Sunday, July 29, 2012

The Vermont 100 or was it 50k?

Last weekend I won the Vermont 50K. Since I didn't let anyone else know about this option in the Vermont 100, my competition was pretty small-most runners opted to run the FULL 100 miles. I, however, realized the errors of my ways and figured that if I stopped at 50 kilometers I could: 1)go to the Norwich Farmer's market, 2)have lunch with my parents, 3)drive home from VT, 4)take a nap, 5)watch The Dark Knight Rises, 6)eat dinner and 7)sleep. AND all of this could be done before I would be finished the 100 miles. People who run 100 miles are CRAZY! And not because of the distance so much as the time commitment. There are very few things that are fun for 20-30 hours and running is certainly not one, in my humble opinion. With that being said, I do think that everyone should somehow get involved in the Vermont Adaptive Sports program which does amazing things to allow people of all abilities gain access to sports from which they otherwise would have been excluded. You don't have to run an ultramarathon to get involved, but making a donation or volunteering as a guide will be greatly appreciated.

I started the morning thinking I would be one of the crazies completing the full distance, especially after DNFing last time I attempted it. Things started going south around 22 miles where I stopped being able to eat anything without feeling sick. My body and lungs could have probably kept going but my stomach(and psyche) could not. I had been running high 8's for the first 22 or so then slowed dramatically and actually had to walk the entire two miles prior to my early exit. Those two miles made me realize just how long I would have to be out there just to finish this race. Just couldn't handle it this year. My biggest regret of the day wasn't that I stopped early but that I let down Rich who had been training months to run his first ultra as my pacer. However, my hope is that he maintains his fitness and carries it through to the Bay State Marathon where I'll be pacing him for the last half in his attempt to break the elusive 3 hour mark. With how fast he's been running recently, I don't think he'll struggle with that.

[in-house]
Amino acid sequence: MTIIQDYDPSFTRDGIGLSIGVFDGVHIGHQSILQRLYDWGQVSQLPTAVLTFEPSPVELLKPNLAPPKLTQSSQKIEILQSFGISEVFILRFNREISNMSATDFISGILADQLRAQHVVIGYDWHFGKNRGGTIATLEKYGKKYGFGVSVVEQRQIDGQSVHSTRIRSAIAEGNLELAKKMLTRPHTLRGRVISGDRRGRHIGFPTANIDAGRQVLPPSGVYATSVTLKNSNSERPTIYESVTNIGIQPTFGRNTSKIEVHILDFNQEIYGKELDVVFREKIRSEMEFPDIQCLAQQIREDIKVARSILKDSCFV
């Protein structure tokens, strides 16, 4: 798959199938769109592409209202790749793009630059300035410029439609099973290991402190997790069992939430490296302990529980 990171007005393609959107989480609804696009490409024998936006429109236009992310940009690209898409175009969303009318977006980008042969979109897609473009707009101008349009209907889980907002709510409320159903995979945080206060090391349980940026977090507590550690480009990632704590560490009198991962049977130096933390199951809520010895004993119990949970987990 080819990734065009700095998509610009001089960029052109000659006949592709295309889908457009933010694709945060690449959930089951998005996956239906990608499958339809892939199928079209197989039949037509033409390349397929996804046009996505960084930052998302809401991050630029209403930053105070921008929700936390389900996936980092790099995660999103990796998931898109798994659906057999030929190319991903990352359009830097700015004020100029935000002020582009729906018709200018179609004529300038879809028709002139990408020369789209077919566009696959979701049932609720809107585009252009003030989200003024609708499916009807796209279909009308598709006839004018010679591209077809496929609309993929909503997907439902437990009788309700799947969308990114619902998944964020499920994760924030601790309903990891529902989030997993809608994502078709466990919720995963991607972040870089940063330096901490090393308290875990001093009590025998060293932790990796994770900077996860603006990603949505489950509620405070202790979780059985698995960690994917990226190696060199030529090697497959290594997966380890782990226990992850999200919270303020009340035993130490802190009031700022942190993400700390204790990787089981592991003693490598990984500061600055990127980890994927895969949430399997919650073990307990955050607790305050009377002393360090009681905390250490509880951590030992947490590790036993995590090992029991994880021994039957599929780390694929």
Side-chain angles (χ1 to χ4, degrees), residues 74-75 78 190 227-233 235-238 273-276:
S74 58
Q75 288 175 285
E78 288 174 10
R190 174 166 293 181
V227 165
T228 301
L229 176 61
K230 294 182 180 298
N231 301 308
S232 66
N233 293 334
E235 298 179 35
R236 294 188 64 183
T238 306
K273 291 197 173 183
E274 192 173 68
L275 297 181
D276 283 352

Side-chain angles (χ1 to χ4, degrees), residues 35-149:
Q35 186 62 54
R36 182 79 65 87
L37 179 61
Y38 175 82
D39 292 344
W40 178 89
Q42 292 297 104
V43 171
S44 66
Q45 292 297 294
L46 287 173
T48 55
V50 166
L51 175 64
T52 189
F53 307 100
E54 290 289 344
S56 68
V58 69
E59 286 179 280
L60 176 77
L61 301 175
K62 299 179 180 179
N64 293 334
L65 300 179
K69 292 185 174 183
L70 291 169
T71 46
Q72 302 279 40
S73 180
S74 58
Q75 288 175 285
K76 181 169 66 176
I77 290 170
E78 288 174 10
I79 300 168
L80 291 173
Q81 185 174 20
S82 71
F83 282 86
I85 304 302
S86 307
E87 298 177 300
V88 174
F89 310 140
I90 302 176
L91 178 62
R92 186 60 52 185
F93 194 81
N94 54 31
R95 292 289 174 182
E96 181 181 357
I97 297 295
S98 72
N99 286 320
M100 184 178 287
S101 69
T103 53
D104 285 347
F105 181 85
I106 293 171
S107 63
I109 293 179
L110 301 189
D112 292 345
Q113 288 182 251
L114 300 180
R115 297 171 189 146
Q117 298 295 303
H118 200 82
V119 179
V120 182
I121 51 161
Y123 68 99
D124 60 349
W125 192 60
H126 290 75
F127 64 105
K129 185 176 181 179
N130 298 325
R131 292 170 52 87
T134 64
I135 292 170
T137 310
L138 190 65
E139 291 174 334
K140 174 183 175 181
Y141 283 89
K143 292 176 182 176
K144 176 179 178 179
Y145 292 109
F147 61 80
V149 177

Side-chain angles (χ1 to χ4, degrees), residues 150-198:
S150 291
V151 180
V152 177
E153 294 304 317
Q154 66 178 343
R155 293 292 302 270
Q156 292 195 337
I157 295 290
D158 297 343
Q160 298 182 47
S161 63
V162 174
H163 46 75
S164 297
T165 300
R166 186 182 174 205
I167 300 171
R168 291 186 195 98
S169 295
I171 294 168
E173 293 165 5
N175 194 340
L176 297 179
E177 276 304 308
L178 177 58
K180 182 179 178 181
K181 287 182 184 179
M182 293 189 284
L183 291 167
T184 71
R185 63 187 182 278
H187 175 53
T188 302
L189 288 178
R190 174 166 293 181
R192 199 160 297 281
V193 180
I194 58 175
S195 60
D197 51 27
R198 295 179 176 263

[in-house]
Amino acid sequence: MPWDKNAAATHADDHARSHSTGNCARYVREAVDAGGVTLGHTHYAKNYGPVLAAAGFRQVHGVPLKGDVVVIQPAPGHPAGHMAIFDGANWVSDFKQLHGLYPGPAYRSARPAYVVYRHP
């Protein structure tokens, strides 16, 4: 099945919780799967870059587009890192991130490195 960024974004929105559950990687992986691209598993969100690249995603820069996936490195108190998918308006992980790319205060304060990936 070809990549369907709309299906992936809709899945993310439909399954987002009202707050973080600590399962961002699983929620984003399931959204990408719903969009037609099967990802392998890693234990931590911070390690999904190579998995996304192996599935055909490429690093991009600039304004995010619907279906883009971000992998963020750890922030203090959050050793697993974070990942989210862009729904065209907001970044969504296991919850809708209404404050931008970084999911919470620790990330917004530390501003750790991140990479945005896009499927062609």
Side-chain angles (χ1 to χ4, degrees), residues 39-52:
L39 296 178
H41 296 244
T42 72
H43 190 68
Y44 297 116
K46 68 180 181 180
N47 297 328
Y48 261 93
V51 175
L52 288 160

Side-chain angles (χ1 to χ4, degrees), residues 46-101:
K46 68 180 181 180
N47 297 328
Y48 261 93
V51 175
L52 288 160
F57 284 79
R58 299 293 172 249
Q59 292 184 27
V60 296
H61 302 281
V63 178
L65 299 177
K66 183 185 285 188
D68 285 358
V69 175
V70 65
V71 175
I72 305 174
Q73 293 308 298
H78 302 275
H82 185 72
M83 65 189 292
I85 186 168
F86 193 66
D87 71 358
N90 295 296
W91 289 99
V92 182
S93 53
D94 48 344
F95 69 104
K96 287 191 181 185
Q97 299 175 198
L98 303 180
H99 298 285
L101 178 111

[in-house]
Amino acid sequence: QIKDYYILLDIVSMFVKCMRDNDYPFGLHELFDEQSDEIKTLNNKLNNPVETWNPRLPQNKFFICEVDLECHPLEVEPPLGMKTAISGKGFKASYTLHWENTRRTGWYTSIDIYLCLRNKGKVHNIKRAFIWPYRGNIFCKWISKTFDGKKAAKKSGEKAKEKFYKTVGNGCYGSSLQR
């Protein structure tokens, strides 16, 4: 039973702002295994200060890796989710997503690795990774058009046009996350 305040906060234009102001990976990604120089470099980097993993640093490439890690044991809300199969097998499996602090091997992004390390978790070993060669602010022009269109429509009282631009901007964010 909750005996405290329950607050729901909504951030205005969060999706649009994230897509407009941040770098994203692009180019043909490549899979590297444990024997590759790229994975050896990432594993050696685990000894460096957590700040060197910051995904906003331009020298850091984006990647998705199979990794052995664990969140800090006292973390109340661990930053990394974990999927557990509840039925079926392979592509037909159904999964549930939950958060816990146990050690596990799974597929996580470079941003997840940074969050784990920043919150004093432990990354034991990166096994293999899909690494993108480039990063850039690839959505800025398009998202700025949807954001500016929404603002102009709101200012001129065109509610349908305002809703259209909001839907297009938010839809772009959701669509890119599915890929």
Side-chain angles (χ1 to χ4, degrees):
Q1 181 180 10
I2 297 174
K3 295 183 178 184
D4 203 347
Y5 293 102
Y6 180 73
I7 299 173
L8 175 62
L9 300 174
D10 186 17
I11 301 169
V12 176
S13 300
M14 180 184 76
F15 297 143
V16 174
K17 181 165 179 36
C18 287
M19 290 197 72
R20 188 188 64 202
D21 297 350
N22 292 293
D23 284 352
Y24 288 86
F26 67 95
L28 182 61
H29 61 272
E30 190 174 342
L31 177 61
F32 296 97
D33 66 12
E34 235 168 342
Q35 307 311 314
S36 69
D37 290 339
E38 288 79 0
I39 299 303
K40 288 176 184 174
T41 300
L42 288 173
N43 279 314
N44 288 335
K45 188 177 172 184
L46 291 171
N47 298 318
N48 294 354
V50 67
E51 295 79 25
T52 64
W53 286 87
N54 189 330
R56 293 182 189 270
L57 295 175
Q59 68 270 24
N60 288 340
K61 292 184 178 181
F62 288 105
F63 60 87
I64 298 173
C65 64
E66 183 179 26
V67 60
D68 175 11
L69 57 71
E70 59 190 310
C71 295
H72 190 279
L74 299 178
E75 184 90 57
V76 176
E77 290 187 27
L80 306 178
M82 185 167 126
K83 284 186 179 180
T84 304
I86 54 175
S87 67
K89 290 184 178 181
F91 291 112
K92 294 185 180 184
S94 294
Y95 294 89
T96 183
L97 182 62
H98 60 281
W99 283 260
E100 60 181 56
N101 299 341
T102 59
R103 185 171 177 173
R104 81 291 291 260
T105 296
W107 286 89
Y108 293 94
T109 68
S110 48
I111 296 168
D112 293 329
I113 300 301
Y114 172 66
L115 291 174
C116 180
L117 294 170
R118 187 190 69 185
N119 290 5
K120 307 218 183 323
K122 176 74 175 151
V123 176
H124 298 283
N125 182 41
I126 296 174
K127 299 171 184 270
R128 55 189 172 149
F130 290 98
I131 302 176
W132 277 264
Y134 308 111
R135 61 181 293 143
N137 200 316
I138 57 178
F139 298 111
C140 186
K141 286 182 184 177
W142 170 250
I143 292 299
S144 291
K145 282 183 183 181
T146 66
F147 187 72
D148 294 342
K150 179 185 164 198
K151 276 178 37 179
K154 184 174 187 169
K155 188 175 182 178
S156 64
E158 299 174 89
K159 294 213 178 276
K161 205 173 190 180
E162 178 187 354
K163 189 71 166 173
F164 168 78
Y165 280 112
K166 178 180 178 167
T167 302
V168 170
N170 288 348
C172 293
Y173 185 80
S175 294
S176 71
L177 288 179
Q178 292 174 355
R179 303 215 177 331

As anyone who tried looking up Amber at Lake Placid will have figured, she didn't race it this year. Things didn't come together the way she had hoped in the weeks leading up to the race and she made the smart(and yet) tough decision not to race. It did free her up to help fundraising for Concord charities by being dunked in the Dunk Tank as part of Market Days.

Up Next: Ironman Mount Tremblant(Danny) and Timberman 70.3(Amber) August 19, 2012. You can follow both at

Saturday, July 14, 2012

Vermont 100 Crew Part II

In 2009, I had a three person pacing crew to help me get to the finish from mile 70 on... Didn't quite make it. 18 miles and 7 hours later, I decided I had had enough.

This year I have a new crew and a different approach. I will have my friend, teammate and fellow race director, Rich Lavers be my pacer for the full 30 miles that the race allows a pacer but will also have my parents as my handlers out on the course with changes of shoes and for moral support in those middle miles where I will certainly be fading. This will be my parents' first time as handlers but I expect them to do an exceptional job as they did with cheering me on in previous races like the Cleveland Marathon where I saw them multiple times on a course difficult to navigate by car. This will also be Rich's first ultramarathon(30 miles is definitely an ultra) but he has been training better for those thirty than I have for the one hundred. He definitely will be an asset to have so late into the race.

So hopefully with this new crew, better pacing, no hour long breaks at mile 70, or sausage eating, I will be able to finally finish the Beast of the East.

The Crew:
Rich Lavers and his son(and faster family member)James

My dad and namesake: Dan

My Mother:Judi

For any one that isn't doing anything from 4am on Saturday to 4am on Sunday July 21-22, I have generously provided my planned schedule for arriving at each aide station. If you go to there are directions to some or you could probably just follow the trail of tears and whimpering which will lead directly to me.